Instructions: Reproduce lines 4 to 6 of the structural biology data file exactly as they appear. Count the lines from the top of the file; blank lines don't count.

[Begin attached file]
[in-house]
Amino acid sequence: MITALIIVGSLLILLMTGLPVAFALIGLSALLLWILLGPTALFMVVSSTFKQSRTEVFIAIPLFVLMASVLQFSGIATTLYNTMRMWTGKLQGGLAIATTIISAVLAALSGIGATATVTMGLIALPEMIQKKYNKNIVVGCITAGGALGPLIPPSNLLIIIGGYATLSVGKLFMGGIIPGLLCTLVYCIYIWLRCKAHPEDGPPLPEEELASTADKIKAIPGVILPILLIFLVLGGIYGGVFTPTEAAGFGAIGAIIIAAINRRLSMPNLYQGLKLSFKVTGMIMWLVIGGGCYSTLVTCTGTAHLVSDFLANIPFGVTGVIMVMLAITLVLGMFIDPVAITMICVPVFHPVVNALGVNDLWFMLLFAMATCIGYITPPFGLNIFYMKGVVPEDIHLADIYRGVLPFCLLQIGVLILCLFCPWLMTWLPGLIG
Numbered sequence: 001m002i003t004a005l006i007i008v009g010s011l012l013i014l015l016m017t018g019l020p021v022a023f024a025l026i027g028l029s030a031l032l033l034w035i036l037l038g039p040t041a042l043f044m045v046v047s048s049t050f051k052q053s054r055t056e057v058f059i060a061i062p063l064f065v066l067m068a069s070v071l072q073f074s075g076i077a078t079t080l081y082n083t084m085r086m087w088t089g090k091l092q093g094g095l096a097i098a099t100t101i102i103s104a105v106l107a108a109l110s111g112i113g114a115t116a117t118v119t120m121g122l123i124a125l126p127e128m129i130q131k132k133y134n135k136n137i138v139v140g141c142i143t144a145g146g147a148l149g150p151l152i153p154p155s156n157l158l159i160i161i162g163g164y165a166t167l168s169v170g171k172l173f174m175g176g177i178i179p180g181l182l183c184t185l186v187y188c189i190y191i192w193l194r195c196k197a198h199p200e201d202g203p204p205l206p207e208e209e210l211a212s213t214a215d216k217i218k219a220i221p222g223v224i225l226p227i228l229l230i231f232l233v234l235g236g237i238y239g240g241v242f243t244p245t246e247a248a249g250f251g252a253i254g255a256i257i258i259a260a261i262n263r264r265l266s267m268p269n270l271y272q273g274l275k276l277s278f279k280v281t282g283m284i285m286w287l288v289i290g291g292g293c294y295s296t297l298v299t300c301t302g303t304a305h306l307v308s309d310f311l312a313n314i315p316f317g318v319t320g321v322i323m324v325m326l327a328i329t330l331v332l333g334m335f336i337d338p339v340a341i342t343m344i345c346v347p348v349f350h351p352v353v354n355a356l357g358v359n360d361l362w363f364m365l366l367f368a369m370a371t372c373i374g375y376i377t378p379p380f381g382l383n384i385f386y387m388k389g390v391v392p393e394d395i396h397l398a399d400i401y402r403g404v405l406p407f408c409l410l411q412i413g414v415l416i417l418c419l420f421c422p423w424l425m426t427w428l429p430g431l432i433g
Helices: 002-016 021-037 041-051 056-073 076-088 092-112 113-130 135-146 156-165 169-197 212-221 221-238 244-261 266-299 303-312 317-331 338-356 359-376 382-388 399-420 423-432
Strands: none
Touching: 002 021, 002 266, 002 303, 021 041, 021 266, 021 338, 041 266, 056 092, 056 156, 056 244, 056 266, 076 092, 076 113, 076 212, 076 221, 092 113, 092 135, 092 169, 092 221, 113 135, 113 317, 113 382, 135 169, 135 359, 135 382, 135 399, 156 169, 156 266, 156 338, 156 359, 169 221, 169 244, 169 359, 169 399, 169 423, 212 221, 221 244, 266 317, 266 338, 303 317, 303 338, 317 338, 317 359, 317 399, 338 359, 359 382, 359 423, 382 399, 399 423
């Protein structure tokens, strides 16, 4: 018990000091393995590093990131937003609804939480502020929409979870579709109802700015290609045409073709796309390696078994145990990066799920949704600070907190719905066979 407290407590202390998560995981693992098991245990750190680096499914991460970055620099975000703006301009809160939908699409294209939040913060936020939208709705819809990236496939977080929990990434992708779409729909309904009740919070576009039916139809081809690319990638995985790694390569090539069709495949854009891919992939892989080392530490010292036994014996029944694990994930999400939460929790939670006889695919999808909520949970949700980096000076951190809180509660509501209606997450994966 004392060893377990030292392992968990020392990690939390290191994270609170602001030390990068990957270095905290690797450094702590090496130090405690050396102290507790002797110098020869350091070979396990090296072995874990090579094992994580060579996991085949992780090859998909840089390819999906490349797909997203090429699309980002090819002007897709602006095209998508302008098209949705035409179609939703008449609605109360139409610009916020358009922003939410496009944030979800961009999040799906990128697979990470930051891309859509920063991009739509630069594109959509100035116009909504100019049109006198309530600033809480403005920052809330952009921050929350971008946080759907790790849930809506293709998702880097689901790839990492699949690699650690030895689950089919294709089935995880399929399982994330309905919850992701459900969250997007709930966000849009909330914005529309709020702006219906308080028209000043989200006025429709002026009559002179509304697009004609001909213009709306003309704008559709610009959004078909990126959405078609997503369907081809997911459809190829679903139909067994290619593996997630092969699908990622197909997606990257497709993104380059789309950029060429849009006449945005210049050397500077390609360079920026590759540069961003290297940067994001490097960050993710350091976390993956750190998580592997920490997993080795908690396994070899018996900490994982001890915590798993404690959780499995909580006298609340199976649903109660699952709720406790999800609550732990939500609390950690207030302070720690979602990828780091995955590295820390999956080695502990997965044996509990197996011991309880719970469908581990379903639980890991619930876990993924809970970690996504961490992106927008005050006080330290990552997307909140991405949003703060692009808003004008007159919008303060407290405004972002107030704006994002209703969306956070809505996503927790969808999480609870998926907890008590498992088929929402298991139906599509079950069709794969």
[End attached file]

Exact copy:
Helices: 002-016 021-037 041-051 056-073 076-088 092-112 113-130 135-146 156-165 169-197 212-221 221-238 244-261 266-299 303-312 317-331 338-356 359-376 382-388 399-420 423-432
Strands: none
Touching: 002 021, 002 266, 002 303, 021 041, 021 266, 021 338, 041 266, 056 092, 056 156, 056 244, 056 266, 076 092, 076 113, 076 212, 076 221, 092 113, 092 135, 092 169, 092 221, 113 135, 113 317, 113 382, 135 169, 135 359, 135 382, 135 399, 156 169, 156 266, 156 338, 156 359, 169 221, 169 244, 169 359, 169 399, 169 423, 212 221, 221 244, 266 317, 266 338, 303 317, 303 338, 317 338, 317 359, 317 399, 338 359, 359 382, 359 423, 382 399, 399 423